What Is “Dry Drowning” And Is It Real?

Photo credit: bigstockphoto.com

Recently, the internet has been buzzing about a tragic case in in Texas where a 4-year-old boy lost his life to a mysterious condition called “dry drowning.” The reports claim the child went swimming, appeared to be fine, then days later suddenly began exhibiting drowning symptoms and died in the hospital. The story sparked widespread alarm among parents who are concerned that something like this could happen to their kids, and they might not be able to recognize the signs until it is too late. To make matters more complicated, articles began circulating soon afterward claiming that dry drowning is not real, and that claims to the contrary were causing undue stress and anxiety for parents.

What is the truth behind these claims, and should parents be concerned about dry drowning? Let’s get to the facts of the matter and find out whether these worries are justified.

 

What is “dry drowning”?

In an interview with Live Science, Dr. Mike Patrick, an emergency-medicine physician at the Ohio-based Nationwide Children’s Hospital, defined dry drowning as a condition where the vocals cords begin to experience spams and start to close up. This creates difficulty with breathing, and the body reacts by sending fluids to the lungs in an attempt to reopen the vocal cords. An unintended side effect of this response is that it could lead to pulmonary edema, a situation where dangerous amounts of fluid build up in the lungs, and actually make the problem worse.

There is also a condition called “secondary drowning,” in which water that is inhaled dilutes the lungs’ surfactant, a natural lubricant which helps prevent the interior surfaces of the lungs from sticking together. If this surfactant is taken away, the lung sacs can collapse in on themselves. A person affected in this way will be unable to breathe properly, and the body will respond by sending fluid to the lungs in an attempt to remedy the problem, which in turn triggers pulmonary edema.

It may be mindboggling to think that someone can die by drowning days after they’ve left the water, but that’s what a number of stories going around on social media are claiming. To make matters even more confusing, some people are using the terms “dry drowning” and “secondary drowning” interchangeably.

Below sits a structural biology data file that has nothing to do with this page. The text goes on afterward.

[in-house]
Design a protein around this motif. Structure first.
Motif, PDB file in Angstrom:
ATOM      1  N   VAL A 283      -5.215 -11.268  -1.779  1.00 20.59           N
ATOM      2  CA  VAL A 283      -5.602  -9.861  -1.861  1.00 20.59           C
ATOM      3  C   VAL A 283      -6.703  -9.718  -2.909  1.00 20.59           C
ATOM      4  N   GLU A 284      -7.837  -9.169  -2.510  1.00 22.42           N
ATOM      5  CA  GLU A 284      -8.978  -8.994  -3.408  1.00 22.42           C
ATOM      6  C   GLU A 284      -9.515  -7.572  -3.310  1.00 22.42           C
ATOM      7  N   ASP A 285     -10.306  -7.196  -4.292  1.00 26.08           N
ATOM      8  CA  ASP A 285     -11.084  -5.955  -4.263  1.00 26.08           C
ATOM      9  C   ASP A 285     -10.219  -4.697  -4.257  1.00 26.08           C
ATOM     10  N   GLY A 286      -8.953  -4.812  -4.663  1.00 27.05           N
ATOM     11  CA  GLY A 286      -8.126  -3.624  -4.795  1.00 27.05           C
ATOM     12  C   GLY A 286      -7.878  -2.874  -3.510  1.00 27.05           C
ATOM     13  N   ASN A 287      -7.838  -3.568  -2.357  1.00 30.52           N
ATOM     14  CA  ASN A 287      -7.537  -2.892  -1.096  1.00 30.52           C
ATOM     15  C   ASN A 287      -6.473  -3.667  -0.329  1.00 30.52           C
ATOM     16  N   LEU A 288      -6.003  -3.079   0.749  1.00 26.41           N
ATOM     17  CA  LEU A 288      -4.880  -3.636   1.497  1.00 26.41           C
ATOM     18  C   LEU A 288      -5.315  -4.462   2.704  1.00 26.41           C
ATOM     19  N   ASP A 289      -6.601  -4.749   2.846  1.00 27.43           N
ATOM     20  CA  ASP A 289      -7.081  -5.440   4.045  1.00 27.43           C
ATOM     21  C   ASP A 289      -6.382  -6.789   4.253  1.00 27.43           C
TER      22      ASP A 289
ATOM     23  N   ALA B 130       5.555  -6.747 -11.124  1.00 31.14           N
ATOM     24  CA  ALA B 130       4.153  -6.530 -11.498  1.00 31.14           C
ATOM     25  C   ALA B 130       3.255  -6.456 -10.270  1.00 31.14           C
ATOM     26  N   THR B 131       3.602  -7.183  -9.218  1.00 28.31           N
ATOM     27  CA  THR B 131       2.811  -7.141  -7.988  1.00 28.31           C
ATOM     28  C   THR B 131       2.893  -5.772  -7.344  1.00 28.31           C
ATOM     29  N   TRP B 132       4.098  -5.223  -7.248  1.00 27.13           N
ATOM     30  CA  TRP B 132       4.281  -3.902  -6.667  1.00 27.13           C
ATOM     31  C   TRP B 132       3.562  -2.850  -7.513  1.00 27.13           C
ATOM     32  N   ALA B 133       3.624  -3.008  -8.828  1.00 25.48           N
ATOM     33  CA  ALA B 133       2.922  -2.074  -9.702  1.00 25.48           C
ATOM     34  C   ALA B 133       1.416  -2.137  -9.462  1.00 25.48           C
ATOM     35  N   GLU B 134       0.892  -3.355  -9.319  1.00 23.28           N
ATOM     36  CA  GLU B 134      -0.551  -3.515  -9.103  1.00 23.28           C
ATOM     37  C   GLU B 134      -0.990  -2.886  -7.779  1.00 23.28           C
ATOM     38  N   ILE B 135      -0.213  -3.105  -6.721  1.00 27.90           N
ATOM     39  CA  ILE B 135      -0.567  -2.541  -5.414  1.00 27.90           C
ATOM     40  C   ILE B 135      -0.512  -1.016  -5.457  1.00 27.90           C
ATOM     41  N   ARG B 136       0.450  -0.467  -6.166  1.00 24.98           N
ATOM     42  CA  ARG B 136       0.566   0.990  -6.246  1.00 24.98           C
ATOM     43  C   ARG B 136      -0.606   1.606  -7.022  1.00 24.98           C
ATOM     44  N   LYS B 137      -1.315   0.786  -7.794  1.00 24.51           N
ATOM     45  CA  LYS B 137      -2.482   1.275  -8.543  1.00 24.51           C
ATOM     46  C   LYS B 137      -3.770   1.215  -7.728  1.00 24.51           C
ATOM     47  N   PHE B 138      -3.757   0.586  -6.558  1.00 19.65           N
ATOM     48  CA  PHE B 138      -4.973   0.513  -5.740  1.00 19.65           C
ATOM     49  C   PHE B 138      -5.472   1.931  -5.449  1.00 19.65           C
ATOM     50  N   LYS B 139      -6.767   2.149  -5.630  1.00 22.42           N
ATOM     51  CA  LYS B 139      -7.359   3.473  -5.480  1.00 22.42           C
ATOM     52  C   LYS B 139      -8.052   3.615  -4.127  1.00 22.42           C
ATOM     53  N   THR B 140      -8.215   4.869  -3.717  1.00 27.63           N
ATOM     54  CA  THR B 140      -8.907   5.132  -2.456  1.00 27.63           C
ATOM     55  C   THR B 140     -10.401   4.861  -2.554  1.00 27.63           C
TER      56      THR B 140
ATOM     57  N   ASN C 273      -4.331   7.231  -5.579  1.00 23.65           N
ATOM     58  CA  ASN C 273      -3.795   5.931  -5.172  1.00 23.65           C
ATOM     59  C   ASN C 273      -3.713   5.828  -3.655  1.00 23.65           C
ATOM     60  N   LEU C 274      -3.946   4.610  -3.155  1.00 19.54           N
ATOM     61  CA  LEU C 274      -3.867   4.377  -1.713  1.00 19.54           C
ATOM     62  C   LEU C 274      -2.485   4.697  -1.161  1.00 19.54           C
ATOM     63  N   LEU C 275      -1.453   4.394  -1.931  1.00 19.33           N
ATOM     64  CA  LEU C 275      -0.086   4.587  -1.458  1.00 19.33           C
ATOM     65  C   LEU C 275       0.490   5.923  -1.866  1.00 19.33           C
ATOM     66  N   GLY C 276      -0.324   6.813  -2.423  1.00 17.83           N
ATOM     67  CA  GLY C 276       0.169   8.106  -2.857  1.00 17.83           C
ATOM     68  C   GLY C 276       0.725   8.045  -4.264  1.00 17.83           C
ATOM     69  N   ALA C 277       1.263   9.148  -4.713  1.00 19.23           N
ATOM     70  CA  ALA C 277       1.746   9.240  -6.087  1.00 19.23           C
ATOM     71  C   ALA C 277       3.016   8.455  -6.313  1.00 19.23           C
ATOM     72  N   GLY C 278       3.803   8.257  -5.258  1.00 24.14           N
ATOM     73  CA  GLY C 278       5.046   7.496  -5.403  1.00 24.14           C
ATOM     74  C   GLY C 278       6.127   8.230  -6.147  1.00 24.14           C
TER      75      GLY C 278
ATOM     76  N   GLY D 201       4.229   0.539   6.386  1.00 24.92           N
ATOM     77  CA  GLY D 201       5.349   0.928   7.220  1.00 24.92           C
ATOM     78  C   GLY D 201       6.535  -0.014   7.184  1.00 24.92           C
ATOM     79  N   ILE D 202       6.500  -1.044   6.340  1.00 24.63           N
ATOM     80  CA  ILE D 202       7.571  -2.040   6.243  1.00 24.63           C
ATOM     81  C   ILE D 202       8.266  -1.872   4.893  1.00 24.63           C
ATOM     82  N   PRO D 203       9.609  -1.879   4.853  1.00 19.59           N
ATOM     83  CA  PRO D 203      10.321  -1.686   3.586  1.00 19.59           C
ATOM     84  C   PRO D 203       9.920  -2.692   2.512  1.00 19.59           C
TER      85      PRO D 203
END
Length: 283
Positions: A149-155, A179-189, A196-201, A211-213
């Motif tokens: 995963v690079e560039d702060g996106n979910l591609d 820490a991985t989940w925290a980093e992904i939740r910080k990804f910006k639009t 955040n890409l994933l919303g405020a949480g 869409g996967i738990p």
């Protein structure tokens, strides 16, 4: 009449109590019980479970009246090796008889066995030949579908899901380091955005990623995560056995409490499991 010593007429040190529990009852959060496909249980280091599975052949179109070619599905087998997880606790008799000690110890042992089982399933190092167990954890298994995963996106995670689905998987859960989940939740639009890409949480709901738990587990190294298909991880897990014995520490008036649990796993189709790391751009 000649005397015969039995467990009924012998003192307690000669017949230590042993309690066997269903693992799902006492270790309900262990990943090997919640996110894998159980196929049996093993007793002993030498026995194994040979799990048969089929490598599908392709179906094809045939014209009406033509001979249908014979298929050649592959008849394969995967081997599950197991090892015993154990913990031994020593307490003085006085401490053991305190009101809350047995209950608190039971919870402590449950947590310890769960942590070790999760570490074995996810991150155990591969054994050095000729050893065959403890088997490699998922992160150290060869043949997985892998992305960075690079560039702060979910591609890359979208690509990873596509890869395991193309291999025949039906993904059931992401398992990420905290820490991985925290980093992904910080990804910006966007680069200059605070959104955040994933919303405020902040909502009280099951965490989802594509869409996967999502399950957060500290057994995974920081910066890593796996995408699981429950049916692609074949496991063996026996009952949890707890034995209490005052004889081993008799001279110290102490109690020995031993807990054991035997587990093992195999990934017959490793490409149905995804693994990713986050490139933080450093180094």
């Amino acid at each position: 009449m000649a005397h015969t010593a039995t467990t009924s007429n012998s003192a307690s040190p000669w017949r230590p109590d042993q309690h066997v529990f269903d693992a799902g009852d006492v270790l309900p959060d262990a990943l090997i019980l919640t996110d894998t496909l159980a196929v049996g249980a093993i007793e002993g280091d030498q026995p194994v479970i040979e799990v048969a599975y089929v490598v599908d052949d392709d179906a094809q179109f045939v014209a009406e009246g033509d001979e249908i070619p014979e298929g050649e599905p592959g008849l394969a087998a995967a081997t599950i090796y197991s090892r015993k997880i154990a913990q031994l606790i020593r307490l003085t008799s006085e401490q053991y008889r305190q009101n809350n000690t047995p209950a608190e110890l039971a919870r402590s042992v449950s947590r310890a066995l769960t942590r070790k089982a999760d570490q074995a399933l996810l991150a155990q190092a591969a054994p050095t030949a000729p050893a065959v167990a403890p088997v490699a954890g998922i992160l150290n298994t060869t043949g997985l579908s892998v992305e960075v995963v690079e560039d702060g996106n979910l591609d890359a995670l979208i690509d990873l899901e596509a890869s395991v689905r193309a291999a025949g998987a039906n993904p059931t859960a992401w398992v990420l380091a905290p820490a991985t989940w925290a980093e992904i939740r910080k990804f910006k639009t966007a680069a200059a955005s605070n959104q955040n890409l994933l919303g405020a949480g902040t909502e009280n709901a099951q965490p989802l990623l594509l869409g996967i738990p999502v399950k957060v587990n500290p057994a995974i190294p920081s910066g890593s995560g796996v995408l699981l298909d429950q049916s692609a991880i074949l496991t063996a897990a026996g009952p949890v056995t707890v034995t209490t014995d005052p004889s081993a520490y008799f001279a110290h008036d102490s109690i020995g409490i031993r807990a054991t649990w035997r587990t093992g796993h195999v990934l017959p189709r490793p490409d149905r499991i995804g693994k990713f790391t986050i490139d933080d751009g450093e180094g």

Sounds pretty scary, right? It may not be time to panic and swear off swimming just yet.

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Photo credit: bigstockphoto.com

Dry drowning… Is it real?

Not according to a number of critics who have released rebuttal articles over claims of dry drowning in the past few days.

Dani Stringer, a pediatric nurse and proprietor of Kidnurse.org, argued in a recent blog post that dry drowning should not be a concern for parents of young children, because it is not recognized as a real medical condition. She claims that the term “dry drowning” originally came into use to describe drowning victims whose lungs were found to be free of water during autopsy (which is actually due to a laryngospasm).

Stringer argues that cases of vocal cord spasms and other reactions that produce a drowning-like effect are extraordinarily rare. They make up about 1 to 2 percent of all drowning cases, according to WebMD. Parents should be aware that rare things like this are possible, but they should not be worried that their child will die suddenly a few days after going in the swimming pool. It’s far more important for parents and other adults to keep an eye on their kids while they swim and make sure they don’t drown while they are in the water.

It is possible that when a child (or an adult, for that matter) goes swimming, they might inhale some water, and it will go into their lungs, a process known as aspiration. This can produce symptoms like what was described above, but these symptoms will happen immediately.

 

So, what’s the bottom line?

Dry drowning and secondary drowning are not recognized as diseases or medical conditions. They are ambiguous terms used to describe real physiological reactions, but they are extremely rare, and not something that a parent should be worried about. Children are much more likely to drown in the water due to the negligence of adults who should be monitoring them. If, for whatever reason, your child begins to exhibit difficulty breathing, take them to the ER and get professional medical help there.

Preventing drowning is simple: teach your children how to swim at an appropriate age, and make sure someone is watching them while they are in the water, preferably a qualified lifeguard trained in CPR. It’s a good idea for all parents to be certified in CPR themselves.

Be vigilant and be sure to fact-check stories like this on the internet before getting alarmed or sharing them with others.

 

References:

www.kidnurse.org

www.rescuediver.org

www.osteopathic.org

www.promedicahealthconnect.org